Printer Friendly

Epidemiological study on tick-borne (Acari: Argasidae) relapsing fever in Kurdistan Province, Iran, 2000-2004.

Relapsing fever is a recurrent acute febrile infection caused by various Borrelia (Spirochaetales: Spirochaetaceae) spirochetes transmitted either by lice (Pediculus spp.) (epidemic relapsing fever) or by soft ticks (Ornithodoros spp.) (endemic relapsing fever) (Dworkin et al. 2002; Chaudhry et al. 2010). Tick-borne relapsing fever (TBRF) is a zoonotic disease involving many species of rodents and small mammals in widely distributed areas throughout the world. The Borrelia may persist for many years in their longlived tick vectors (Gray et al. 2002). This disease was once a disease of global epidemic importance (Cutler et al. 2009) and is characterized by influenza-like symptoms. The endemic tick-borne relapsing fever spirochetes are transmitted by Ornithodoros ticks (Ixodida: Argasidae); O. tholozani serves as the principal vector for Borrelia persica in different parts of Iran. Acquisition of human TBRF is occasionally restricted to the geographical range of the soft tick vector's activity (Goubau 1984). Because soft ticks are associated with hosts for their typically rapid nocturnal feeding and are transient feeders with painless bites these factors limit the distribution of TBRF infection to the confines of the areas where tick vectors reside (Southern & Sanford 1969). In disease-endemic regions, diagnosis is typically carried out through demonstrating spirochetes in stained blood smears from patients or animal inoculation (Cutler et al. 2010). The onset of the disease is generally acute, with chills, high fever, intense frontal headache, and pains in the back, limbs, joints, and nausea and vomiting may occur (Gaud & Morgan 1945). The disease may be confused with influenza and malaria and is very common but sporadic in various parts of the world and in small clusters throughout rural areas in the northern temperate region of the world (Vial et al. 2006). Borrelia species vary their surface antigens, causing repeated stimulation of the immune system by each new antigen (Rodhain 1976; Trape et al. 1991). TBRF are reported from several areas located in central and southern Iran and its main foci are mountainous areas of west and north western of Iran. According to the Ministry of Health of Iran (unpublished documents), the total numbers of 201, 205 and 471 relapsing cases were reported in 2001, 2002 and 2003, respectively. The main aim of this study was to investigate the epidemiology of TBRF in Kurdistan Province.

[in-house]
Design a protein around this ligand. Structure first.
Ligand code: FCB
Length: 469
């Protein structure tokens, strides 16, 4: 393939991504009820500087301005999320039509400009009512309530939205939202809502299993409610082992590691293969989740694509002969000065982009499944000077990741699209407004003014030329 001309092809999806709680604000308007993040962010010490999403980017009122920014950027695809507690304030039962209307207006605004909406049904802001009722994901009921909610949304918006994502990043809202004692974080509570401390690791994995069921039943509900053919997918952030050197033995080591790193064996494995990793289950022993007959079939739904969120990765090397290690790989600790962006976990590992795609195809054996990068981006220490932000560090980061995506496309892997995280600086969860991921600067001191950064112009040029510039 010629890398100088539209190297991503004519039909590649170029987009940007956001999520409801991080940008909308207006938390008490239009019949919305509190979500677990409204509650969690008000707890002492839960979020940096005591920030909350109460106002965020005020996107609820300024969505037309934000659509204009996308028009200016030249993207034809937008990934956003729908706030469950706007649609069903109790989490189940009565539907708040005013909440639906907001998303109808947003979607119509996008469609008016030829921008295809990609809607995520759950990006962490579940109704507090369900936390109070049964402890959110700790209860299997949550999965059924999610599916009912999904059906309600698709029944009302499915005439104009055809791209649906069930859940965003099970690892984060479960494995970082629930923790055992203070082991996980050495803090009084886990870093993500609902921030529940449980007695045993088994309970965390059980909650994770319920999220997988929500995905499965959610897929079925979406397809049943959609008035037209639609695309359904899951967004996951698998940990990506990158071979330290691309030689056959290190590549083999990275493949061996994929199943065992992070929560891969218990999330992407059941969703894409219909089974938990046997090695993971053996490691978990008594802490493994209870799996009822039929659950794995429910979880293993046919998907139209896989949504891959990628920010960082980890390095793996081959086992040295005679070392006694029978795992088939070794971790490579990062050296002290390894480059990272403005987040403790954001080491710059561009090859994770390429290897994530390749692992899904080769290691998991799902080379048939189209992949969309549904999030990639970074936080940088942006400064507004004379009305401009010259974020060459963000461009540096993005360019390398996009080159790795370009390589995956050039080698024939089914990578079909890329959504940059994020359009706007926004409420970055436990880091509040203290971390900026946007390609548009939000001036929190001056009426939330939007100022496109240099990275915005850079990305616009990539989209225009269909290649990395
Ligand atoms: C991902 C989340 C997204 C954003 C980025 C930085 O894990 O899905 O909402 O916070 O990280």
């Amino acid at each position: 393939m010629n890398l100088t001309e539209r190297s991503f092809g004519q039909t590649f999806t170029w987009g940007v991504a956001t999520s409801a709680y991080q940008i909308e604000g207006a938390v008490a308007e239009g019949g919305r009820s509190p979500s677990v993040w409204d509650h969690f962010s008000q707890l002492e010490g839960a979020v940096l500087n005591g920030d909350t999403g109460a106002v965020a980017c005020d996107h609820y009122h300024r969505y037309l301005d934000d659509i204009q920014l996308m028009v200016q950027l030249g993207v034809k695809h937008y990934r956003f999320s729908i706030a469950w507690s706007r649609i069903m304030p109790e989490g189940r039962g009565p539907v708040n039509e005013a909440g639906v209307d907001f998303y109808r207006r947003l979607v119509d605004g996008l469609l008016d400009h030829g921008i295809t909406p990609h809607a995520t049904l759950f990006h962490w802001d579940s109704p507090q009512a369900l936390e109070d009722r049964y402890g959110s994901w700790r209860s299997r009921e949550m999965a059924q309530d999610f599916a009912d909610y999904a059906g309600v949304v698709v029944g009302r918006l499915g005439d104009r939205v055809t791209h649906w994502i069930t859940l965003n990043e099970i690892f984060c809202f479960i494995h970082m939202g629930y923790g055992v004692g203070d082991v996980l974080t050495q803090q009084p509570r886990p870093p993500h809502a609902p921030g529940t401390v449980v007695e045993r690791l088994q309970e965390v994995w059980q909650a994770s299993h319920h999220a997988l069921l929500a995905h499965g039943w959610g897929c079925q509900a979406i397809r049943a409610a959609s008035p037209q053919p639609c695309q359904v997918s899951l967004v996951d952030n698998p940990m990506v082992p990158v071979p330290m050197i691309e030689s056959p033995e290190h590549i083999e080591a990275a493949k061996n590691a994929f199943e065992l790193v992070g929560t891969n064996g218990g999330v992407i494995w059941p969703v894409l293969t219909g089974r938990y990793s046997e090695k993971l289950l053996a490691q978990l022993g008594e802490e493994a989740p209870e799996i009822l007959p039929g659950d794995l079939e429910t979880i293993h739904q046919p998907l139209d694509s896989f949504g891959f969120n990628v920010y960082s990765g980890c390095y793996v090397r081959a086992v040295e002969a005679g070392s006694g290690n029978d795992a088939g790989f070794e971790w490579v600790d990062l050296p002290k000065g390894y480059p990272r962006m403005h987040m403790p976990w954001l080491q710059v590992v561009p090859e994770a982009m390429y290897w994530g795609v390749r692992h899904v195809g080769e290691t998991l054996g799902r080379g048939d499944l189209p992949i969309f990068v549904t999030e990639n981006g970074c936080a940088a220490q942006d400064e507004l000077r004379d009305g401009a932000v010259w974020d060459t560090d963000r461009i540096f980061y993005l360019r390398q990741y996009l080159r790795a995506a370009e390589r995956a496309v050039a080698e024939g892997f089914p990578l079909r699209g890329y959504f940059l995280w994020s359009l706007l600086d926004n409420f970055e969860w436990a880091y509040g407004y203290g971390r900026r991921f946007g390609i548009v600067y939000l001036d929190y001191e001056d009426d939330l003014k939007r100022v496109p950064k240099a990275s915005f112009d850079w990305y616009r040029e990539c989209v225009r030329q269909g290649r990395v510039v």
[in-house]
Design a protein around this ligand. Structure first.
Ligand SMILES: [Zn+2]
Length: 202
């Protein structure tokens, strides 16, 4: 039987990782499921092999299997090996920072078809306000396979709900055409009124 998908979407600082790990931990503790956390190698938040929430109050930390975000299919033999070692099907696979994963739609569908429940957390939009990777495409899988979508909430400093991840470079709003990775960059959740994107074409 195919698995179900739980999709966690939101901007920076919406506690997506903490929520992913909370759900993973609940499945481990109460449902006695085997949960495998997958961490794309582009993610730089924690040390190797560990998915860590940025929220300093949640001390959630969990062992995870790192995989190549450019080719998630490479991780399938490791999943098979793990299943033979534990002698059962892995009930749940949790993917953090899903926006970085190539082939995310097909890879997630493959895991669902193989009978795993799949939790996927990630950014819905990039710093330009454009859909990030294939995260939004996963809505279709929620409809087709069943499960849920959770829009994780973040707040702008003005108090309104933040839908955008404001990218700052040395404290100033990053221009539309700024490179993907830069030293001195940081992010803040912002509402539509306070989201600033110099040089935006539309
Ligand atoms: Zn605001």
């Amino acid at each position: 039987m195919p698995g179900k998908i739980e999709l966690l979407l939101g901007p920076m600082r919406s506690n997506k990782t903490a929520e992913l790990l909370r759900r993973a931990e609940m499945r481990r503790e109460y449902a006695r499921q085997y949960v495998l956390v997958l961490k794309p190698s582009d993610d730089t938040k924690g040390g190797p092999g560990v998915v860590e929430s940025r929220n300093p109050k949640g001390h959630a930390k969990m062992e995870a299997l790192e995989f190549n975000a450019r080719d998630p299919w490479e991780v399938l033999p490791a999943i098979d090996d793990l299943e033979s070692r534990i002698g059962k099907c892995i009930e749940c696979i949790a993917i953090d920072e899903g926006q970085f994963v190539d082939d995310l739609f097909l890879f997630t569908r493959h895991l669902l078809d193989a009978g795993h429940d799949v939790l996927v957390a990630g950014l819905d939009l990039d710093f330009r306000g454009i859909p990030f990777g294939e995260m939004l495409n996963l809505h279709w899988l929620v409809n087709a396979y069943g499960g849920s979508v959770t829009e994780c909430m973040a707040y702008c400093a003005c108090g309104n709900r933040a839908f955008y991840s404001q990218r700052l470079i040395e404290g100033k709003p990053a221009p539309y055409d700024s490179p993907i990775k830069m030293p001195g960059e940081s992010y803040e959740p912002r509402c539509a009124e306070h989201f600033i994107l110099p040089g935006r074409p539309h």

Clinical Samples

Clinical samples consisted of blood smear samples of all patients who referred to health centers of Kurdistan Province from 2000 till 2004 with relapsing fever signs and longitudinal study was done. Relapsing fever is endemic to this region.

For each patient at all studied sites, the presence or absence of a standard set of 13 clinical manifestations was recorded; demographic, clinical, and geographical data were obtained by interviewing patients and their illness history and potential risk factors for illness for the patients. A history of recurrent illness symptoms including fever, chills, sweats, myalgias, vomiting, myalgia, nervousness, recurrent fever, stomach ache, nose bleeding, photophobia, arthralagia, cough and head ache. A confirmed case was defined as a person who had both febrile illness and detection of spirochetes by Wright-Giemsa stained peripheral thin and thick blood smear microscopic investigation that was obtained from peripheral finger prick blood. The slides were examined under 100X objective using an oil immersion objective and dark field microscope. Two hundred oil-immersion microscope fields on each smear were examined.

Soft Tick Collection

Tick collections were done by 4 persons traveling to different villages in different topographic and geographical regions. For tick collections visits to villagers' houses, animal and poultry shelters were done by daylight in localities favorable to the nocturnal feeding habits of the soft tick vector, and people were randomly questioned regarding their geographic origin and the frequency of tick bites. All cracks, crevices, ceilings and floors of houses of 20 randomly selected villages were considered for tick collection and collected ticks were transferred into holding tubes. Tick collection time was about 20 min in each location and totally, 100 randomly selected locations were inspected for ticks. In each village, 5 houses were randomly selected, i.e., one each in the north, south, east, west and central part of the village. Soft tick aggregations were investigated in human and livestock dwelling including doghouses, barns, and poultry shelters. The field work was started in the spring as soon as weather conditions permitted. All specimens were identified on the basis of their morphological characteristics. In order to investigate Ornithodoros tholozani infection of Borrelia spirochetes, experiments were carried out in 3 different stages. Soft ticks were cleaned with 70% ethanol in order to minimize external contamination. Ticks were smashed in 4 mL of normal saline.